FIRE DESTROYS HOME SOUTHWEST OF FREEMAN
A difficult fire to get at and adverse weather conditions made for a significant challenge for firefighters responding to call southwest of Freeman late last week and resulted in the total loss of a home owned by Menno resident Darrell Mehlhaf and occupied by his nephew, Mitch and his family.
Nobody was home at the time of the fire and crews were dispatched to the scene at 10:49 a.m. Friday, Jan. 26, on a day when windchills were below zero and snow was blowing across the road. The fire was called in by a neighbor.
The one-and-a-half story home was occupied by Darrell years ago and is part of a quarter second of ground he still farms; the address is 43663 283rd Street and is located four miles south and a three miles west of Freeman.
Cody Fransen, an assistant fire chief who was on the scene, said an attached double garage was fully engulfed in flames when the Freeman Volunteer Fire Department arrived on the scene and was getting into the attached breezeway. A tractor on the south side of the home was also on fire.
Fransen said the Menno Volunteer Fire Department was immediate called for mutual aid and containing the fire proved to be very difficult for a number of reasons. A steel roof made it challenging to get to the flames that were burning the wooden shingles beneath, and the freezing temperatures impacted equipment and mobility. Getting on site in the first place was slow because of snow-covered roads, and firefighters relied on what Fransen called “Good Samaritans” using heavy equipment to make the roads easier to pass through during the day-long fight.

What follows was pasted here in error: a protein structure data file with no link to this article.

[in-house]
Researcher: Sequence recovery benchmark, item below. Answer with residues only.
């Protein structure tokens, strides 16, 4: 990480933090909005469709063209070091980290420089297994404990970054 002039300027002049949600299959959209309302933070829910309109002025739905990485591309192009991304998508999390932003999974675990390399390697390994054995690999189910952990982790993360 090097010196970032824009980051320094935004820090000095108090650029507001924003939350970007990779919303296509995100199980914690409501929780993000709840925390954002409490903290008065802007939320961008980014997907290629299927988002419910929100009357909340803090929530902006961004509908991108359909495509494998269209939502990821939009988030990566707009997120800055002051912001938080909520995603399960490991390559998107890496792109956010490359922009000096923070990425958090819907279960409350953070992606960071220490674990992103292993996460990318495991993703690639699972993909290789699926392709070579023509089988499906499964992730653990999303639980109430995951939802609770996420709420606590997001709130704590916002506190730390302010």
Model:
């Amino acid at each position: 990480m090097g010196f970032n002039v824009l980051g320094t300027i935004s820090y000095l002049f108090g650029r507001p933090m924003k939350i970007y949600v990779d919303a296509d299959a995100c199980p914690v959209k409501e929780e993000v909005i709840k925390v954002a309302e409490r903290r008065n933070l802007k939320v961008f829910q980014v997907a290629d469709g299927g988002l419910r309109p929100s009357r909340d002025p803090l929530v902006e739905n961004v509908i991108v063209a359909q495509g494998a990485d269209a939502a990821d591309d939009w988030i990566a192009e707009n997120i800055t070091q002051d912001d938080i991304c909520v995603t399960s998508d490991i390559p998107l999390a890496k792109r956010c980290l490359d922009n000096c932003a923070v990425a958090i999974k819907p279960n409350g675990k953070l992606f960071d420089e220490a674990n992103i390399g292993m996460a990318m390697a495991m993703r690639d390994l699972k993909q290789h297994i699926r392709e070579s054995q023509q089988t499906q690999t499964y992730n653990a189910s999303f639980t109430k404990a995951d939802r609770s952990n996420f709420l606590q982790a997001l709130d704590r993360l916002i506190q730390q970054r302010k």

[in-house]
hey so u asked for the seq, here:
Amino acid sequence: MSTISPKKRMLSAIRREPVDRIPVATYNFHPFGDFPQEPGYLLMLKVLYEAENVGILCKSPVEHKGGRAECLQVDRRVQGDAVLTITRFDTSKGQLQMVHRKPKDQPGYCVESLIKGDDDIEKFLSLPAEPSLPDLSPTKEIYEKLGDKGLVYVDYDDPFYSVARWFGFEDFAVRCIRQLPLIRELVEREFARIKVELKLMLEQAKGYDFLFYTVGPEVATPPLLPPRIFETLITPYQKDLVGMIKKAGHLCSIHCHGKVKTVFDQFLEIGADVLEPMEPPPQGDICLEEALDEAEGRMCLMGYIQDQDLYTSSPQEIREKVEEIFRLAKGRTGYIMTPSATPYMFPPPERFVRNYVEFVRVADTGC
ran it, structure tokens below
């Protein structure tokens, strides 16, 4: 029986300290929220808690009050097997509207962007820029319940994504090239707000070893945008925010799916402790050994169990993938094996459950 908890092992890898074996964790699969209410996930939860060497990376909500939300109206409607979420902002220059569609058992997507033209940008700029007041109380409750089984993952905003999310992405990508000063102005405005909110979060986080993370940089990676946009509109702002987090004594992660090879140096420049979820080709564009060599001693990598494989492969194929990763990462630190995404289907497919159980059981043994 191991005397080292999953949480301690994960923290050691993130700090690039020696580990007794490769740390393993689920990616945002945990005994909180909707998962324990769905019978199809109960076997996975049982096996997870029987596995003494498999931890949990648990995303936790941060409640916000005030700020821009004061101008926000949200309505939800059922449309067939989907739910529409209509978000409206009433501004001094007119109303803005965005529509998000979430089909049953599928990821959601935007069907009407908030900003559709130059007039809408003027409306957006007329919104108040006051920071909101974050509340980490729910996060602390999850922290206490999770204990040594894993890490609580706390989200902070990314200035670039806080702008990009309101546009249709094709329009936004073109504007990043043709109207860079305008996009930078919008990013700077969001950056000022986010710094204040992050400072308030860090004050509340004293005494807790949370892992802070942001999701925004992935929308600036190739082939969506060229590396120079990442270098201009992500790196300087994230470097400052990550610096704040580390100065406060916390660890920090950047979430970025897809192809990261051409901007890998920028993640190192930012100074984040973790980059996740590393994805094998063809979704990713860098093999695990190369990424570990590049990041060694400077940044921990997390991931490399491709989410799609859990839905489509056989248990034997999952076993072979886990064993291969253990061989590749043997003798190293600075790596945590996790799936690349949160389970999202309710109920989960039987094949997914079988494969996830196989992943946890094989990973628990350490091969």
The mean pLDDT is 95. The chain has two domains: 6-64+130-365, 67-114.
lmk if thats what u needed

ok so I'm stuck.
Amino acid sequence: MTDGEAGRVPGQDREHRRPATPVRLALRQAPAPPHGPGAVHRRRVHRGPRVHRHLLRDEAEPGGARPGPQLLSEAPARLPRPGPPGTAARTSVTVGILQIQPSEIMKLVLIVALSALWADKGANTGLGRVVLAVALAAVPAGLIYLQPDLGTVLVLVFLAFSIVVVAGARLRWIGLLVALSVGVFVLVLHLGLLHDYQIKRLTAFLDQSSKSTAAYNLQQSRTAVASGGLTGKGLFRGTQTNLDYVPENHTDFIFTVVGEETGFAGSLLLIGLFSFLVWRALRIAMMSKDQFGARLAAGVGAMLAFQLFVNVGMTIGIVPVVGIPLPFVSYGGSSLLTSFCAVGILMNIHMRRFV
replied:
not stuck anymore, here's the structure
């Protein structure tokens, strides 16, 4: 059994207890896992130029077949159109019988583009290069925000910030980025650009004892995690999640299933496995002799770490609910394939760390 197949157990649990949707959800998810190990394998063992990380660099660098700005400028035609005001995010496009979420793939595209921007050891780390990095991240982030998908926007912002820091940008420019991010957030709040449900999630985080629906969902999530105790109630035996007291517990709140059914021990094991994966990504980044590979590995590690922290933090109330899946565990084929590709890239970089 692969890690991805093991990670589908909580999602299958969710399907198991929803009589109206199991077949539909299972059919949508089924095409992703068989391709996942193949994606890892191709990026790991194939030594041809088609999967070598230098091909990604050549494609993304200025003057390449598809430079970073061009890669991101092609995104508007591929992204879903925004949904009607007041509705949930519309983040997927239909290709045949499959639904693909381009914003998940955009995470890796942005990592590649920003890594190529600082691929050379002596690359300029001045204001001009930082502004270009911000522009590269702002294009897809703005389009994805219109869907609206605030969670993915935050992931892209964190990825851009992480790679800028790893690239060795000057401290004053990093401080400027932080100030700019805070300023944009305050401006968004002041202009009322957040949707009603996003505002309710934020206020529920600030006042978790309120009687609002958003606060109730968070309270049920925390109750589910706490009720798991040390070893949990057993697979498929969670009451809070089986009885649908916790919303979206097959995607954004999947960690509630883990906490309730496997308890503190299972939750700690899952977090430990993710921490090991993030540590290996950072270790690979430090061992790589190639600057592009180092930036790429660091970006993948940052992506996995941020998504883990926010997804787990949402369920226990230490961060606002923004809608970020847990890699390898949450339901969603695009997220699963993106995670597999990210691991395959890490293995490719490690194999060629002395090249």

“It was a bad situation,” Fransen said of the circumstances.
Darrell Mehlhaf is not a member of Menno’s fire department but was also on the scene and said crews from both communities did their best in a challenging battle.
“They worked it very hard, but everything that could have made a bad scenario worse played into the situation,” he said.
Darrell said that, by mid-afternoon, he and those in command on the scene agreed that all had been done and they would let the fire go.
“We had a conversation about that,” he said, noting that he supported the decision. “Everything was burning; it wasn’t going to be put out.”
“You feel bad about it, but we decided to let it go,” Fransen said. “It was a total loss anyway.”
Fransen said firefighters were able to enter the structure and retrieve a fair amount of the family’s personal belongings, and Darrell said Mitch, his wife Amy and their children are currently living with family.
The cause is the fire is not confirmed but believed to be electrical, said Fransen, who noted firefighters were on the scene well after dark.